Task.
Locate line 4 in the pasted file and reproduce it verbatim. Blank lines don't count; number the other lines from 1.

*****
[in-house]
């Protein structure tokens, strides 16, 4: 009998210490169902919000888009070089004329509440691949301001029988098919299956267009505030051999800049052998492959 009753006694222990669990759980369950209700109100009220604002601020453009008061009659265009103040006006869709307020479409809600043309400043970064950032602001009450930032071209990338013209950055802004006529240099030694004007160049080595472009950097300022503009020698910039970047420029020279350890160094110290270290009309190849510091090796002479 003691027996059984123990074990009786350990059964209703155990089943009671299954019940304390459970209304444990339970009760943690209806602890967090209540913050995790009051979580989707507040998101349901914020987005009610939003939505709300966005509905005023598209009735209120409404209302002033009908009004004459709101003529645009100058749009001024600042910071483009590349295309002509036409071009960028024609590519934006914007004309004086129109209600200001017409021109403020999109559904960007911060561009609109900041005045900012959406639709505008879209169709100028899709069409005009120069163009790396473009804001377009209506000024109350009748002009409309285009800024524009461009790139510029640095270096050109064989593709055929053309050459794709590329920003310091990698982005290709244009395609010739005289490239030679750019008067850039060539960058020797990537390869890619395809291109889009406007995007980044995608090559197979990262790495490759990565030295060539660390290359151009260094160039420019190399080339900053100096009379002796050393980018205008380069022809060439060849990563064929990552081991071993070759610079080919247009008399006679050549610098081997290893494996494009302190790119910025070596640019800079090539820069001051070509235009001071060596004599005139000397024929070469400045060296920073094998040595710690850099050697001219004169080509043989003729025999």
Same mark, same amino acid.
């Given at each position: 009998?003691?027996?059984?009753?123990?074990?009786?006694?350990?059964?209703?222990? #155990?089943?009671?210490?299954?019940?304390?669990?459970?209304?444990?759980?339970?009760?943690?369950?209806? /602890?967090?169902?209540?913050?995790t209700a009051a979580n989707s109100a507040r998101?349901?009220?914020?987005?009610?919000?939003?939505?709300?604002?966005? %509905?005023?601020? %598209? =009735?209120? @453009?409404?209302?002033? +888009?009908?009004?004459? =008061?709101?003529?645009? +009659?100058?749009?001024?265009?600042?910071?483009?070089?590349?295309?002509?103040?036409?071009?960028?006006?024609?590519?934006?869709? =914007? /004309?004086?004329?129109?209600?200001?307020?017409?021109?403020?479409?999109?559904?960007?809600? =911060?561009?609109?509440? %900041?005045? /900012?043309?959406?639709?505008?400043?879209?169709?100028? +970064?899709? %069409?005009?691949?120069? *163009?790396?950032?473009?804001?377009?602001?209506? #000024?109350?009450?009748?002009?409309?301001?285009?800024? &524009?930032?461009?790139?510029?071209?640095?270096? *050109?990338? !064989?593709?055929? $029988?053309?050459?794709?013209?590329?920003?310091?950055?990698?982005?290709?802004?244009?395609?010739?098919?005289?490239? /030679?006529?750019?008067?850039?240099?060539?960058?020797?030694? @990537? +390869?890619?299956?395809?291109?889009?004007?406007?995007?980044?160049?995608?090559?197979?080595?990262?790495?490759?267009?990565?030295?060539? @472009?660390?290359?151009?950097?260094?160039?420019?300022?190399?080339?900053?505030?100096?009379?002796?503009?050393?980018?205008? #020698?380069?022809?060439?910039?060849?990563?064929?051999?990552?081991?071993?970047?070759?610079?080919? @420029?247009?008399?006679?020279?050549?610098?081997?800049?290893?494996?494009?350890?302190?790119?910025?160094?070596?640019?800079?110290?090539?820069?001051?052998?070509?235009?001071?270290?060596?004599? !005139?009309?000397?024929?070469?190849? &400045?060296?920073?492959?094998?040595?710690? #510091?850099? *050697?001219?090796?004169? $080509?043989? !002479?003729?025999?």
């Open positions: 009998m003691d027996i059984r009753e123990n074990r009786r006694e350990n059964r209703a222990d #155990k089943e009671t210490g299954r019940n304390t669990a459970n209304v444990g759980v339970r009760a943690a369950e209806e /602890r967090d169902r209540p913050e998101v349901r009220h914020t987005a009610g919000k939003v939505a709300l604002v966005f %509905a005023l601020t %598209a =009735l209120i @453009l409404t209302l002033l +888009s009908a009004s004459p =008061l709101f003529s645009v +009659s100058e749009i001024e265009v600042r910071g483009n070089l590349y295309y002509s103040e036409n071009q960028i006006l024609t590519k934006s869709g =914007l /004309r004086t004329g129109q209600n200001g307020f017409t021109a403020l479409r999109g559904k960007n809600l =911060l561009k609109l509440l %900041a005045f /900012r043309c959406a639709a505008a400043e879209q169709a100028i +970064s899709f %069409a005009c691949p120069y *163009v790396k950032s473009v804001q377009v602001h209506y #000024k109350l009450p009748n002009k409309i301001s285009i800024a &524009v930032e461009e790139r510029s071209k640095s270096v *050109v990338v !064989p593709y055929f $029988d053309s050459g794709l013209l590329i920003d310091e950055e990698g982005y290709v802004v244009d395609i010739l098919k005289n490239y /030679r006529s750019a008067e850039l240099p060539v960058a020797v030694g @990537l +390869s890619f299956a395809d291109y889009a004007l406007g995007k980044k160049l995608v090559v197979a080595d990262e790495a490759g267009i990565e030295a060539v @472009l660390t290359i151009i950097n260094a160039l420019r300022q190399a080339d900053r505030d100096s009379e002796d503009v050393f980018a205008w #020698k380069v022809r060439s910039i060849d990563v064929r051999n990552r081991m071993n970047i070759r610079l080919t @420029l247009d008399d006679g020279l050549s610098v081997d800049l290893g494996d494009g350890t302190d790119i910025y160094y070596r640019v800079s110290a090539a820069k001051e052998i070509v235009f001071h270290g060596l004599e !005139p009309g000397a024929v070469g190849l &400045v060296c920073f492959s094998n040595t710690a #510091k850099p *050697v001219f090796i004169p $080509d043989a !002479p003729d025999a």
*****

């Given at each position: 009998?003691?027996?059984?009753?123990?074990?009786?006694?350990?059964?209703?222990? #155990?089943?009671?210490?299954?019940?304390?669990?459970?209304?444990?759980?339970?009760?943690?369950?209806? /602890?967090?169902?209540?913050?995790t209700a009051a979580n989707s109100a507040r998101?349901?009220?914020?987005?009610?919000?939003?939505?709300?604002?966005? %509905?005023?601020? %598209? =009735?209120? @453009?409404?209302?002033? +888009?009908?009004?004459? =008061?709101?003529?645009? +009659?100058?749009?001024?265009?600042?910071?483009?070089?590349?295309?002509?103040?036409?071009?960028?006006?024609?590519?934006?869709? =914007? /004309?004086?004329?129109?209600?200001?307020?017409?021109?403020?479409?999109?559904?960007?809600? =911060?561009?609109?509440? %900041?005045? /900012?043309?959406?639709?505008?400043?879209?169709?100028? +970064?899709? %069409?005009?691949?120069? *163009?790396?950032?473009?804001?377009?602001?209506? #000024?109350?009450?009748?002009?409309?301001?285009?800024? &524009?930032?461009?790139?510029?071209?640095?270096? *050109?990338? !064989?593709?055929? $029988?053309?050459?794709?013209?590329?920003?310091?950055?990698?982005?290709?802004?244009?395609?010739?098919?005289?490239? /030679?006529?750019?008067?850039?240099?060539?960058?020797?030694? @990537? +390869?890619?299956?395809?291109?889009?004007?406007?995007?980044?160049?995608?090559?197979?080595?990262?790495?490759?267009?990565?030295?060539? @472009?660390?290359?151009?950097?260094?160039?420019?300022?190399?080339?900053?505030?100096?009379?002796?503009?050393?980018?205008? #020698?380069?022809?060439?910039?060849?990563?064929?051999?990552?081991?071993?970047?070759?610079?080919? @420029?247009?008399?006679?020279?050549?610098?081997?800049?290893?494996?494009?350890?302190?790119?910025?160094?070596?640019?800079?110290?090539?820069?001051?052998?070509?235009?001071?270290?060596?004599? !005139?009309?000397?024929?070469?190849? &400045?060296?920073?492959?094998?040595?710690? #510091?850099? *050697?001219?090796?004169? $080509?043989? !002479?003729?025999?």